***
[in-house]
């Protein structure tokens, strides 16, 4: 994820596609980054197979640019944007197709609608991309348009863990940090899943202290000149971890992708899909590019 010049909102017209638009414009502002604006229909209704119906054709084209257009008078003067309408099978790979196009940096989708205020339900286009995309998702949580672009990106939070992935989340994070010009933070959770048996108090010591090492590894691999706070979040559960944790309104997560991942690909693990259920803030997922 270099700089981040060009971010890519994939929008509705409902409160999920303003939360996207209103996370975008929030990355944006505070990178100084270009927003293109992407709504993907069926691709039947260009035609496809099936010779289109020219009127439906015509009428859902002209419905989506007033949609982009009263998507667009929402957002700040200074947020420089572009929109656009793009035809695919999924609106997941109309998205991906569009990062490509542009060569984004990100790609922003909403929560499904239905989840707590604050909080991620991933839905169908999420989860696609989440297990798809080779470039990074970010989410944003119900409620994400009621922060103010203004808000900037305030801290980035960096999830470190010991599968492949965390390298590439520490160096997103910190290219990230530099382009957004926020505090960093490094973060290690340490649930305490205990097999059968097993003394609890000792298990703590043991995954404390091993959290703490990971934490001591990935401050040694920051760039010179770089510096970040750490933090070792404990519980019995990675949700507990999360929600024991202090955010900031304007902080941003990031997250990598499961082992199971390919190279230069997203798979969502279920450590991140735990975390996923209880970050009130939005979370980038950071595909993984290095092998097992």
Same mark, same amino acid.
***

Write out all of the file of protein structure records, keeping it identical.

[in-house]
């Protein structure tokens, strides 16, 4: 994820596609980054197979640019944007197709609608991309348009863990940090899943202290000149971890992708899909590019 010049909102017209638009414009502002604006229909209704119906054709084209257009008078003067309408099978790979196009940096989708205020339900286009995309998702949580672009990106939070992935989340994070010009933070959770048996108090010591090492590894691999706070979040559960944790309104997560991942690909693990259920803030997922 270099700089981040060009971010890519994939929008509705409902409160999920303003939360996207209103996370975008929030990355944006505070990178100084270009927003293109992407709504993907069926691709039947260009035609496809099936010779289109020219009127439906015509009428859902002209419905989506007033949609982009009263998507667009929402957002700040200074947020420089572009929109656009793009035809695919999924609106997941109309998205991906569009990062490509542009060569984004990100790609922003909403929560499904239905989840707590604050909080991620991933839905169908999420989860696609989440297990798809080779470039990074970010989410944003119900409620994400009621922060103010203004808000900037305030801290980035960096999830470190010991599968492949965390390298590439520490160096997103910190290219990230530099382009957004926020505090960093490094973060290690340490649930305490205990097999059968097993003394609890000792298990703590043991995954404390091993959290703490990971934490001591990935401050040694920051760039010179770089510096970040750490933090070792404990519980019995990675949700507990999360929600024991202090955010900031304007902080941003990031997250990598499961082992199971390919190279230069997203798979969502279920450590991140735990975390996923209880970050009130939005979370980038950071595909993984290095092998097992």
Same mark, same amino acid.